When it is time to choose the best pro bono criminal lawyer for your case, the options you have available may be limited. If you cannot afford an attorney, many areas will assign you one free of charge. You may also be able to check with local law firms to find out if any local attorneys in your area offer pro bono services. There may also be community programs or organizations that offer free lawyer services to those who qualify, but these places oftentimes do not handle criminal cases.
Your first option when choosing a pro bono criminal lawyer is to speak with the attorney assigned to you by the court, if applicable. These attorneys usually specialize in criminal cases, but they are often overworked with less pay than private attorneys. If you do not like your assigned lawyer, you may be able to request someone else, but whether or not another attorney is assigned could be at the discretion of the judge, or it may be based on whether or not another public defense attorney agrees to take over.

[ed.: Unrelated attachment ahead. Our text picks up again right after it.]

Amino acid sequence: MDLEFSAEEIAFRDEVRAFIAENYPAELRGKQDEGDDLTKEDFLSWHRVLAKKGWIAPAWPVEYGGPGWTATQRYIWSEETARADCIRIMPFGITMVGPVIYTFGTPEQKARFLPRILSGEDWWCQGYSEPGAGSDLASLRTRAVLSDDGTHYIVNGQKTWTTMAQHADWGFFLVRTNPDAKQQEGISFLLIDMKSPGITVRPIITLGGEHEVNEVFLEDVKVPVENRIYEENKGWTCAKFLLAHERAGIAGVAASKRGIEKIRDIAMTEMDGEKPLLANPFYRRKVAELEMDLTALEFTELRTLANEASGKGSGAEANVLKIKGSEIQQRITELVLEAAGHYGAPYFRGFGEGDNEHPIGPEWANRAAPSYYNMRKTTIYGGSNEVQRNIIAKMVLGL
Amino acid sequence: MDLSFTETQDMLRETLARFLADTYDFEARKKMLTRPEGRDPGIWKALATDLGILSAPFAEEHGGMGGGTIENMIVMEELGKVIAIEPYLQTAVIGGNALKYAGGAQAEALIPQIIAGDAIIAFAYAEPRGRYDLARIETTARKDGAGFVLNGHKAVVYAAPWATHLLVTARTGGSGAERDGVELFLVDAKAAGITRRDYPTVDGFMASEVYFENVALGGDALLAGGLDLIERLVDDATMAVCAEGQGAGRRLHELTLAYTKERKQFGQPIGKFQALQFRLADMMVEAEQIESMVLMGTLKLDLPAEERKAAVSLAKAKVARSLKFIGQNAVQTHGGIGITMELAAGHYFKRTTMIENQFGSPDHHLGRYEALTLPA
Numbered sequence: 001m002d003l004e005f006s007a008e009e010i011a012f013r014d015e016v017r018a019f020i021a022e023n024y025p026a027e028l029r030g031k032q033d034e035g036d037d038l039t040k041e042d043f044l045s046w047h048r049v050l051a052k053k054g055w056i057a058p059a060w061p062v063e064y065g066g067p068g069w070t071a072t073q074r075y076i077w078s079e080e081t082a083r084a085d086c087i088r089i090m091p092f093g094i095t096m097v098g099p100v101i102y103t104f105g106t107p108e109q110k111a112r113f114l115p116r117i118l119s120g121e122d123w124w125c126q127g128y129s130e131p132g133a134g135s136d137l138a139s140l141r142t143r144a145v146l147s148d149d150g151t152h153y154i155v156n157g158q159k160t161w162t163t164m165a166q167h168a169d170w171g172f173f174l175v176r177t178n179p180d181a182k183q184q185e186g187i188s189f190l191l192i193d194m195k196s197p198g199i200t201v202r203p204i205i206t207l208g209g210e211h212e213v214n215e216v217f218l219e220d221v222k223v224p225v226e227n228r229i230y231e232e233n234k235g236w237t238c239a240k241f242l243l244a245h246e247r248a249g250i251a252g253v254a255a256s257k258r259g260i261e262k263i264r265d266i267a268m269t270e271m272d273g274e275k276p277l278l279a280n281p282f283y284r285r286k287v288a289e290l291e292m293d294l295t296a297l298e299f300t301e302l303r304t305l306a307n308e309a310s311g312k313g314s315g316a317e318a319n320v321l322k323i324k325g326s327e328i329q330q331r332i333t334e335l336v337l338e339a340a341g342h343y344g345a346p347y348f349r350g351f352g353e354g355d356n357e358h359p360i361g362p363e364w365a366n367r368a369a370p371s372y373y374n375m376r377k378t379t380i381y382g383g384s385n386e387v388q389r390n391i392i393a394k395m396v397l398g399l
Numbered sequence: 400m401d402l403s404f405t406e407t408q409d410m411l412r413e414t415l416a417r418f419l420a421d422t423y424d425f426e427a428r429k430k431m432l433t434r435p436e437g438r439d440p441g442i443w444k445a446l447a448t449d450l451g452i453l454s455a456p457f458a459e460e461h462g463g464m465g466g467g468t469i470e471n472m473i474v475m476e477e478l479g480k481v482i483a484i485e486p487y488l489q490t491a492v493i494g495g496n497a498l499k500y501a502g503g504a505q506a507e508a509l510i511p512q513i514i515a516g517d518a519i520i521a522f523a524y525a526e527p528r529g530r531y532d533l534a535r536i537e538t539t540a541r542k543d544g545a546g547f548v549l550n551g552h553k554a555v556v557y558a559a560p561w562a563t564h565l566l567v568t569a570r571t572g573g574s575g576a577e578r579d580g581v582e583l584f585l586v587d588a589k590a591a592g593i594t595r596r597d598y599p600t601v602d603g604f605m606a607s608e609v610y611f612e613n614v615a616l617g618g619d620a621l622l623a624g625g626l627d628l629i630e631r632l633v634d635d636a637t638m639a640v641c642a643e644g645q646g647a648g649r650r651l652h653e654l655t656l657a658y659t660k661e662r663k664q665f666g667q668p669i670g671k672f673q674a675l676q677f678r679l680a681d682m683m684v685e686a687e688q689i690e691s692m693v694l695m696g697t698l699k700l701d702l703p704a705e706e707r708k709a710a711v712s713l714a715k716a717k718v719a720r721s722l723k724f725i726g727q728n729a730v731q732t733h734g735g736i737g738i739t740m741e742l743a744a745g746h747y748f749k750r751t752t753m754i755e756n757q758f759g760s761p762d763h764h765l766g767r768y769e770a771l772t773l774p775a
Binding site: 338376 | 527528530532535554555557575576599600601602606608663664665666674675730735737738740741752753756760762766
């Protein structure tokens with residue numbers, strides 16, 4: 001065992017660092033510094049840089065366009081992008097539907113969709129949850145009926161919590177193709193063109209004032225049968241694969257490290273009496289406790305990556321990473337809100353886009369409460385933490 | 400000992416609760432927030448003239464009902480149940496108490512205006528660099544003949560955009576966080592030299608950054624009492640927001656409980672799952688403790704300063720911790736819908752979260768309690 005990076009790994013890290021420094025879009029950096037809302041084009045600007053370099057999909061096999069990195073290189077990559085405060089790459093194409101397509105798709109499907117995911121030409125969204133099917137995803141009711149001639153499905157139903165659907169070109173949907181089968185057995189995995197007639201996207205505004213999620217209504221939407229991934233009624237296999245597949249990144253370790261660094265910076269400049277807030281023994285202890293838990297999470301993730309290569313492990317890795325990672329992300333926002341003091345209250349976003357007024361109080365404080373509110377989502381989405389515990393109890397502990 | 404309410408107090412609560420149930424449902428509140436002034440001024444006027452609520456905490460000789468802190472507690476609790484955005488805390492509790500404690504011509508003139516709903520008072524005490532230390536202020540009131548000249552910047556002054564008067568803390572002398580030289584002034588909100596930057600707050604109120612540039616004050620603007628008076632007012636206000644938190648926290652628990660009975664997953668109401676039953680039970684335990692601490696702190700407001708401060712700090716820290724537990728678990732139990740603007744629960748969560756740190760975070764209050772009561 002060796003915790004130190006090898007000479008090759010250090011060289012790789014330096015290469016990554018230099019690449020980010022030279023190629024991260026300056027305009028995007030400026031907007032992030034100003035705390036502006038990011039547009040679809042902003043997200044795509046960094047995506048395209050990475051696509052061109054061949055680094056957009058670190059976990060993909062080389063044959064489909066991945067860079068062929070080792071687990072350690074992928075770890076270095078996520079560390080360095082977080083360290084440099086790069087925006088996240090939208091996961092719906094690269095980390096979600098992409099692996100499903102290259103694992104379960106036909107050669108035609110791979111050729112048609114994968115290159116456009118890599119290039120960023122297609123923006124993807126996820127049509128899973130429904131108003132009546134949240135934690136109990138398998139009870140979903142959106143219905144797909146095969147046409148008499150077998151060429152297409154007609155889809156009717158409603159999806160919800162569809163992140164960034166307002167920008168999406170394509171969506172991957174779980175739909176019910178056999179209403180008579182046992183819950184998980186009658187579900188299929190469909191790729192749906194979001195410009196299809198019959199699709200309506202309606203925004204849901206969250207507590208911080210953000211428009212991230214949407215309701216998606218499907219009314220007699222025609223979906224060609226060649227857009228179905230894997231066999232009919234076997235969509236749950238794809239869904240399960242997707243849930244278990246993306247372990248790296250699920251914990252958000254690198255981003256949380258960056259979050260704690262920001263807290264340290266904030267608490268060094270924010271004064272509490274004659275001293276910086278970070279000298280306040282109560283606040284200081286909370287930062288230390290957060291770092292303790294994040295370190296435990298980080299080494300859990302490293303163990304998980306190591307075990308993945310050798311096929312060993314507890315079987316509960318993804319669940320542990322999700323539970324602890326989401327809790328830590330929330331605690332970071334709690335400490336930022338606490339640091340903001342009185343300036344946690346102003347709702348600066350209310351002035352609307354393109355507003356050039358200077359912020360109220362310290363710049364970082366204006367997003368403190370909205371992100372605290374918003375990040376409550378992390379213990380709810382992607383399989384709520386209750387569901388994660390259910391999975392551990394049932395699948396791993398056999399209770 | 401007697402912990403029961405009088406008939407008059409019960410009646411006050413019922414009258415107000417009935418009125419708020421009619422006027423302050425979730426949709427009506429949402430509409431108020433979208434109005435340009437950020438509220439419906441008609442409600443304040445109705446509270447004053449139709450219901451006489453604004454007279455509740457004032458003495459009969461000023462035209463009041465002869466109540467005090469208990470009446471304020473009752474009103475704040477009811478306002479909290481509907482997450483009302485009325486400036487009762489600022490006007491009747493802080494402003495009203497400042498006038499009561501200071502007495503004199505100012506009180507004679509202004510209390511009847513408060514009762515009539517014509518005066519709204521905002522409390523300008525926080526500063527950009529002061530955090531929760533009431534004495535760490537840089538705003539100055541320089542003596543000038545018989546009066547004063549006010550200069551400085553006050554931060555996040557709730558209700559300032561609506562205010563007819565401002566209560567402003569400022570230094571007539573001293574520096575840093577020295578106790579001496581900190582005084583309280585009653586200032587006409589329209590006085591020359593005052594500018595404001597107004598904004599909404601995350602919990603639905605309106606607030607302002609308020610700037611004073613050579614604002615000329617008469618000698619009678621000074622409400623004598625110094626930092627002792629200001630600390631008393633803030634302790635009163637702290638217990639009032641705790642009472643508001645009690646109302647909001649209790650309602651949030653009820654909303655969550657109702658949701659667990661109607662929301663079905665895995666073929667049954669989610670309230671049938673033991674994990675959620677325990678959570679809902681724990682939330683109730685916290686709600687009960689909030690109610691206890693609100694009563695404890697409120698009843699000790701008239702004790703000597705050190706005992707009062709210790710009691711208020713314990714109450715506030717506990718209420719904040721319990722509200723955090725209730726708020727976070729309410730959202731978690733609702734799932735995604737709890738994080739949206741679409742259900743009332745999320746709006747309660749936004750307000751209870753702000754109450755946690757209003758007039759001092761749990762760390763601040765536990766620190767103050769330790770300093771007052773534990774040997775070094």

You may also be able to find a pro bono criminal lawyer by calling around to various law firms in your area. Sometimes they have a certain number of pro bono cases offered per year, and other times individual lawyers will offer their services as an act of public service. This is not always available, and the chances of your finding a lawyer this way will depend on many factors. For instance, an attorney may choose to take your case if he or she believes a win is imminent and would look good on his or her resume. You may also find an attorney who feels the need to take your case based on personal reasons, such as sympathy for your situation.
There are organizations which may provide a pro bono criminal lawyer, but these are few and far between in many areas. Most nonprofit organizations specialize in domestic or civil cases, but you may find one willing to take yours if you call and set up an appointment. You may have to fill out an application and wait to be contacted, and the waiting list for these services is often very long. If your case will be going to trial quickly, this may not be a good option for you.
If you are not able to find a pro bono criminal lawyer using any of these methods, you may be able to find someone willing to lower their rates or offer payment plans. Payment installments can be given over time, but this may not be an option if you are found guilty of a crime and sent to prison. You may also try asking friends or family members for help with payments, if available.